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Combating illicit finance

Organised against crime

Deirdre Carwood, Partner, Financial Advisory, and Laura Wadding, Partner, Risk Advisory, Deloitte Ireland, consider why all industry players must collaborate better to be effective in the fight against financial crime

As criminals become increasingly sophisticated, they’re finding new ways to channel illicit money through legitimate banks. In the process, they’re managing to stay one step ahead of the industry. This has a potentially significant impact on Ireland, given its role as a dynamic international financial services hub: a leading player for wholesale banks and investment funds and part of a heavily intermediated international financial landscape.

Over the past two decades, financial institutions based in Ireland have spent a lot of time raising their standards to comply with increasing anti-money laundering (AML) regulations, keeping customer documentation up to date, and remediating issues as they arise. Every year, financial institutions invest a large proportion of their costs into maintaining this regulatory compliance.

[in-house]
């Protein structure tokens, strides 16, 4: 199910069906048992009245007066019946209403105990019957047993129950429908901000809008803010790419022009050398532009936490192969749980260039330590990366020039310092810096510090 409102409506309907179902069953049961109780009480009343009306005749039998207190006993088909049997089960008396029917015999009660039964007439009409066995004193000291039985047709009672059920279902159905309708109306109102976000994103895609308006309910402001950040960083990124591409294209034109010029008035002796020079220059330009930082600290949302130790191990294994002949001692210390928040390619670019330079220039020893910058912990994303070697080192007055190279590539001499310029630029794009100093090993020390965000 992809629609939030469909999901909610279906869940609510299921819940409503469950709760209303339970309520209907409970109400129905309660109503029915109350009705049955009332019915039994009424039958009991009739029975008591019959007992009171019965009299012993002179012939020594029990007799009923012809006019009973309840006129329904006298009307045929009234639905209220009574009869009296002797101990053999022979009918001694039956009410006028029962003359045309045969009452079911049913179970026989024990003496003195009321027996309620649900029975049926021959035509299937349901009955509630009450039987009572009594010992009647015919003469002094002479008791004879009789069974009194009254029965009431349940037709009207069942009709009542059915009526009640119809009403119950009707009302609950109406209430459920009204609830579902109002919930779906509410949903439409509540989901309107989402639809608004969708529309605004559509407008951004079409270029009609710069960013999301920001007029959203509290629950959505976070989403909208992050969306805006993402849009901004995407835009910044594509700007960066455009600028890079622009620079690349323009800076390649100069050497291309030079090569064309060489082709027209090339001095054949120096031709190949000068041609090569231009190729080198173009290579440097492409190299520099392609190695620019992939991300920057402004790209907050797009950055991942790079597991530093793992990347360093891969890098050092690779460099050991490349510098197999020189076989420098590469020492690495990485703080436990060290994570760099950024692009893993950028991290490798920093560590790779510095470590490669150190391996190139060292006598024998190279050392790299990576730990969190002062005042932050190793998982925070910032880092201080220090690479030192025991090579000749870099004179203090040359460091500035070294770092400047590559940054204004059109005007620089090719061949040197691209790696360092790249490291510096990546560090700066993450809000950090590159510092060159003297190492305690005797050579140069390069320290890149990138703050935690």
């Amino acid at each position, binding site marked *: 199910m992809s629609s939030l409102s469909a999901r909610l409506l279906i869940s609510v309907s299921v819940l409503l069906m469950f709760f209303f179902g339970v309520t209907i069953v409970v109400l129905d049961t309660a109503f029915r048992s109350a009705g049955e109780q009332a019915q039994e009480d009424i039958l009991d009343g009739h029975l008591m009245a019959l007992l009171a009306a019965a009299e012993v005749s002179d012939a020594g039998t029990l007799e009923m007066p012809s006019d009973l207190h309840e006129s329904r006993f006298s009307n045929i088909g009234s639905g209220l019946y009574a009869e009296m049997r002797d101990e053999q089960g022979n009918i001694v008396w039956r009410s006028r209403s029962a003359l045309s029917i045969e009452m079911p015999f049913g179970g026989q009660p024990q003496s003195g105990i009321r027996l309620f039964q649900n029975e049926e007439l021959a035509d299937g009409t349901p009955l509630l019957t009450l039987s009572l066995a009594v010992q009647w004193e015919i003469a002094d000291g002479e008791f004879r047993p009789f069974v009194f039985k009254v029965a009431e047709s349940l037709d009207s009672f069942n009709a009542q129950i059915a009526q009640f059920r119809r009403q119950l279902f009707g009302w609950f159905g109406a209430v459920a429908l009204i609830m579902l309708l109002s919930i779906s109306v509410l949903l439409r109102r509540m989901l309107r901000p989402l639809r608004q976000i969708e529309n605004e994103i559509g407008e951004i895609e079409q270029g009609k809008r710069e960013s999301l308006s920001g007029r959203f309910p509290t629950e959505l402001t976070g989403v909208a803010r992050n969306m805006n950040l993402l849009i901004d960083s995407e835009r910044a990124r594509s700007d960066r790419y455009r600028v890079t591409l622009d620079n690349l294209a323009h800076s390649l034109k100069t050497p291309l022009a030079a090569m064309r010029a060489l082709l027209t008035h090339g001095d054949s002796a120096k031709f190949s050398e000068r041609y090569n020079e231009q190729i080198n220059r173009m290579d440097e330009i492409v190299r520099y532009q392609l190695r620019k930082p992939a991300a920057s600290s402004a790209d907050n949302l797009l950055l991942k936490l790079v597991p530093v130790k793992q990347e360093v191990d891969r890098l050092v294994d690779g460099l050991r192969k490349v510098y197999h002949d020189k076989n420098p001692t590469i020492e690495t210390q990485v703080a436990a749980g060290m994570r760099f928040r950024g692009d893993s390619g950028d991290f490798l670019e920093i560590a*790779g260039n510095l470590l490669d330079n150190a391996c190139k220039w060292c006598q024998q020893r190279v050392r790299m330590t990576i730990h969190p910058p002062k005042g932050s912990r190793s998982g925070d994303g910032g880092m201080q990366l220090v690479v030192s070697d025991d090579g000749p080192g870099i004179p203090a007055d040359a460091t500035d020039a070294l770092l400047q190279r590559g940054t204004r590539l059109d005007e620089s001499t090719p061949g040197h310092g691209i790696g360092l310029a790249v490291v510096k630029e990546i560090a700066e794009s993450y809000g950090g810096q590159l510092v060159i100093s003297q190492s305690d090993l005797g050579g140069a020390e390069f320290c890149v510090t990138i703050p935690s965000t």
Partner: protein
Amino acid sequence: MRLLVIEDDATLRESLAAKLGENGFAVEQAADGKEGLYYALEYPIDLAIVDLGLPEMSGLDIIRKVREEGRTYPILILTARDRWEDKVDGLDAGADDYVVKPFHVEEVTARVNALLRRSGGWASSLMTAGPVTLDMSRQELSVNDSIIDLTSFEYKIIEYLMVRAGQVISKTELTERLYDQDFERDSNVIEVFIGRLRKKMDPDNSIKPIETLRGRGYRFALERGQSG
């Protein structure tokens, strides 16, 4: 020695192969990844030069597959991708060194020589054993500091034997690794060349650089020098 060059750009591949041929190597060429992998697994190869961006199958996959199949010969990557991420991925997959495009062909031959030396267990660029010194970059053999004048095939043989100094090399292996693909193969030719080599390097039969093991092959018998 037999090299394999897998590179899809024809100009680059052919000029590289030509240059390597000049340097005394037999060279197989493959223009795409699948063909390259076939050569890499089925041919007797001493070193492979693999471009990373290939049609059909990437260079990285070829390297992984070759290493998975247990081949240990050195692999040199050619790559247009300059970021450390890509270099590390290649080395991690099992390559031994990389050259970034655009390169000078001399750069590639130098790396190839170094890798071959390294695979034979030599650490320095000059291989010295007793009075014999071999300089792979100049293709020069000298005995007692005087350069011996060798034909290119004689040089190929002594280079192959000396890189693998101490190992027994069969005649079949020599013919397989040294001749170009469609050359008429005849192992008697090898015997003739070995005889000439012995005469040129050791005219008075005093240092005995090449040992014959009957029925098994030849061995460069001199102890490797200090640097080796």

Simply complying with regulations doesn’t prevent a bank from becoming a victim of crime.

Deirdre Carwood, Partner, and Laura Wadding, Partner, Deloitte Ireland

And the fight against financial crime has become fully digital, following the changed working models after COVID-19 leading to an accelerated shift towards fully digital environments. But have the banks’ systems kept pace?

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